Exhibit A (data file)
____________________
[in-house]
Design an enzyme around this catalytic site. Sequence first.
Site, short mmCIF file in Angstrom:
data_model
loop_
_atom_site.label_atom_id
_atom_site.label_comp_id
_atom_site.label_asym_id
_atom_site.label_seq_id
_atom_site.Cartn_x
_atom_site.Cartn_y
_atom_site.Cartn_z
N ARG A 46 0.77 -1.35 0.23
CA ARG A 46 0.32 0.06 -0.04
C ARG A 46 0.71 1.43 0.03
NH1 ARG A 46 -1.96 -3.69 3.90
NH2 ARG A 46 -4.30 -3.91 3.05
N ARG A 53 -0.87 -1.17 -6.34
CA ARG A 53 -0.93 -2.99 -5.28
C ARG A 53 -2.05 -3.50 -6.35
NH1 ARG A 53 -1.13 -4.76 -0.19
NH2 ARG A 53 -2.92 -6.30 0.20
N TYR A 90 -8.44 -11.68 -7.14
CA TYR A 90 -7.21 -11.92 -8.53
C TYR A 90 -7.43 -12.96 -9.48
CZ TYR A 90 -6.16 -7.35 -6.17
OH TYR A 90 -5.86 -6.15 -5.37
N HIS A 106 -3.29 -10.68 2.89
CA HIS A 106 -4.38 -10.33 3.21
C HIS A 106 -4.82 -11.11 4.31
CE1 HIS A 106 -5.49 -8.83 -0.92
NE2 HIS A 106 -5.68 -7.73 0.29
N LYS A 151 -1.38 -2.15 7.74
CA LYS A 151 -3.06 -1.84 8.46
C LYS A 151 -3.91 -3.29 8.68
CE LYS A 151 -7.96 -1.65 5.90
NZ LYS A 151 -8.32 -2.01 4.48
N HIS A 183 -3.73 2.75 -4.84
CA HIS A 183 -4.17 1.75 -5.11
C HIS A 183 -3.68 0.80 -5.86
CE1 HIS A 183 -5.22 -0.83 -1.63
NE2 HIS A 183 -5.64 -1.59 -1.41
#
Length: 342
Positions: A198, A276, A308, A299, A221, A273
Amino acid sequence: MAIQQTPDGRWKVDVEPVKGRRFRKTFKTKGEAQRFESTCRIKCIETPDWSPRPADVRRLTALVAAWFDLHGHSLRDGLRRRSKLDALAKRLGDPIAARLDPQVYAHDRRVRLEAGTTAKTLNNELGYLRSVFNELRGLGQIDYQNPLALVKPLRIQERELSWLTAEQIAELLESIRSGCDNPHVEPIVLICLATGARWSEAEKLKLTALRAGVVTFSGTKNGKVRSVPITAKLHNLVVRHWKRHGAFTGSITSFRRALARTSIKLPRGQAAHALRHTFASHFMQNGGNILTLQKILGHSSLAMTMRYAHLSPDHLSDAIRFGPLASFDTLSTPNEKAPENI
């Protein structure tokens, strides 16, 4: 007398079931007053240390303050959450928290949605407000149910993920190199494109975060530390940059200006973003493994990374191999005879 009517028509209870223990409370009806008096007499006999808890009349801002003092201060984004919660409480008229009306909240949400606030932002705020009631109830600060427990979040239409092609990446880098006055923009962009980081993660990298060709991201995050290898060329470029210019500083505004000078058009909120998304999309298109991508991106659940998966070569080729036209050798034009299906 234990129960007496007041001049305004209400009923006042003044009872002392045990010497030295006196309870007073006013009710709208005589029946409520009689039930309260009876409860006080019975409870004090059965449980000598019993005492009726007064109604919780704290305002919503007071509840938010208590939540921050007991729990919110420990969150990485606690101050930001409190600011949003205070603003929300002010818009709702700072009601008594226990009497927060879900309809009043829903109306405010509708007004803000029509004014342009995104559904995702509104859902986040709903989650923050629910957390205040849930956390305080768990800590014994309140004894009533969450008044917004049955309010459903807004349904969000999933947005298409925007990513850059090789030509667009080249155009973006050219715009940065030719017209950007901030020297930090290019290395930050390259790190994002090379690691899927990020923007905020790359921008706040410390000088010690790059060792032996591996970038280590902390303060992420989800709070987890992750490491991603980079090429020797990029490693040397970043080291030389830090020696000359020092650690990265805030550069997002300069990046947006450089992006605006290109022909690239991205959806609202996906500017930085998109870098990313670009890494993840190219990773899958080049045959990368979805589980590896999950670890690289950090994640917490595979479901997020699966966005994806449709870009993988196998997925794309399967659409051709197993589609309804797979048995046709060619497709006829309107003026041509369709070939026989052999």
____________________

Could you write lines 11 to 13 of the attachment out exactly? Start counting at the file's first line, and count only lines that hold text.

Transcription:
_atom_site.Cartn_y
_atom_site.Cartn_z
N ARG A 46 0.77 -1.35 0.23